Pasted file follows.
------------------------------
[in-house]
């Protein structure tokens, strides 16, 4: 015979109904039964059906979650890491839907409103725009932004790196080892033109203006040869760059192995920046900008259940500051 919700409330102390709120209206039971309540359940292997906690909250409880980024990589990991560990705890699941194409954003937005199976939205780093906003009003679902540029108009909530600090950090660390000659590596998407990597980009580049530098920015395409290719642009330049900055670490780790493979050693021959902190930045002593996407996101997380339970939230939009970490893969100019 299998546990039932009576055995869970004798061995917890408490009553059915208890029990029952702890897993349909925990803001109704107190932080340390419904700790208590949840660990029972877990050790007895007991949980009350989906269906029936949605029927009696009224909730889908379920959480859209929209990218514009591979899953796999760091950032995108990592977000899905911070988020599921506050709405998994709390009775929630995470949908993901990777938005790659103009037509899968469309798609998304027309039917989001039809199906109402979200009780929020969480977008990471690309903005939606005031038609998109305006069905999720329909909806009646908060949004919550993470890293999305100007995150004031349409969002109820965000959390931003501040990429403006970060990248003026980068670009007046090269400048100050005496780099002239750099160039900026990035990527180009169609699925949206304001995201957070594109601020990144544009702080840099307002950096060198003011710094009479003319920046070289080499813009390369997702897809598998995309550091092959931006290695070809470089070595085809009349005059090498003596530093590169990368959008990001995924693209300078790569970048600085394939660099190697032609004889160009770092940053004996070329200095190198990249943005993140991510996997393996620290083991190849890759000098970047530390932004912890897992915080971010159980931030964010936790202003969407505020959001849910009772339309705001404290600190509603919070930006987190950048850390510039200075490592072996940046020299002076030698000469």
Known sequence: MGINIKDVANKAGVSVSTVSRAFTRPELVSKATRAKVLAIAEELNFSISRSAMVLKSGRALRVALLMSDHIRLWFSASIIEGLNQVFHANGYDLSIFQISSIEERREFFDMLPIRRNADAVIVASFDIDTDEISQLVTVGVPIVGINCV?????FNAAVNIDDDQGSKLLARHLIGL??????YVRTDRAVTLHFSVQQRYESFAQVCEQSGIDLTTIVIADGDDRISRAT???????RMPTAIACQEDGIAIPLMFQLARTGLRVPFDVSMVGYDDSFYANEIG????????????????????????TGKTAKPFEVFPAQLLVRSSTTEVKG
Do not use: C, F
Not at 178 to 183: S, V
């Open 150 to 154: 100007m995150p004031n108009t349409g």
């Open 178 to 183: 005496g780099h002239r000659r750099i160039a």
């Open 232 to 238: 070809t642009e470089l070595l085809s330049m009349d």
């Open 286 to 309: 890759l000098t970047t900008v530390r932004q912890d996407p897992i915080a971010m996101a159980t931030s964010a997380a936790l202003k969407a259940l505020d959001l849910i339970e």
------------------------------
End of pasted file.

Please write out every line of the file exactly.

[in-house]
């Protein structure tokens, strides 16, 4: 015979109904039964059906979650890491839907409103725009932004790196080892033109203006040869760059192995920046900008259940500051 919700409330102390709120209206039971309540359940292997906690909250409880980024990589990991560990705890699941194409954003937005199976939205780093906003009003679902540029108009909530600090950090660390000659590596998407990597980009580049530098920015395409290719642009330049900055670490780790493979050693021959902190930045002593996407996101997380339970939230939009970490893969100019 299998546990039932009576055995869970004798061995917890408490009553059915208890029990029952702890897993349909925990803001109704107190932080340390419904700790208590949840660990029972877990050790007895007991949980009350989906269906029936949605029927009696009224909730889908379920959480859209929209990218514009591979899953796999760091950032995108990592977000899905911070988020599921506050709405998994709390009775929630995470949908993901990777938005790659103009037509899968469309798609998304027309039917989001039809199906109402979200009780929020969480977008990471690309903005939606005031038609998109305006069905999720329909909806009646908060949004919550993470890293999305100007995150004031349409969002109820965000959390931003501040990429403006970060990248003026980068670009007046090269400048100050005496780099002239750099160039900026990035990527180009169609699925949206304001995201957070594109601020990144544009702080840099307002950096060198003011710094009479003319920046070289080499813009390369997702897809598998995309550091092959931006290695070809470089070595085809009349005059090498003596530093590169990368959008990001995924693209300078790569970048600085394939660099190697032609004889160009770092940053004996070329200095190198990249943005993140991510996997393996620290083991190849890759000098970047530390932004912890897992915080971010159980931030964010936790202003969407505020959001849910009772339309705001404290600190509603919070930006987190950048850390510039200075490592072996940046020299002076030698000469």
Known sequence: MGINIKDVANKAGVSVSTVSRAFTRPELVSKATRAKVLAIAEELNFSISRSAMVLKSGRALRVALLMSDHIRLWFSASIIEGLNQVFHANGYDLSIFQISSIEERREFFDMLPIRRNADAVIVASFDIDTDEISQLVTVGVPIVGINCV?????FNAAVNIDDDQGSKLLARHLIGL??????YVRTDRAVTLHFSVQQRYESFAQVCEQSGIDLTTIVIADGDDRISRAT???????RMPTAIACQEDGIAIPLMFQLARTGLRVPFDVSMVGYDDSFYANEIG????????????????????????TGKTAKPFEVFPAQLLVRSSTTEVKG
Do not use: C, F
Not at 178 to 183: S, V
């Open 150 to 154: 100007m995150p004031n108009t349409g």
């Open 178 to 183: 005496g780099h002239r000659r750099i160039a």
């Open 232 to 238: 070809t642009e470089l070595l085809s330049m009349d």
């Open 286 to 309: 890759l000098t970047t900008v530390r932004q912890d996407p897992i915080a971010m996101a159980t931030s964010a997380a936790l202003k969407a259940l505020d959001l849910i339970e």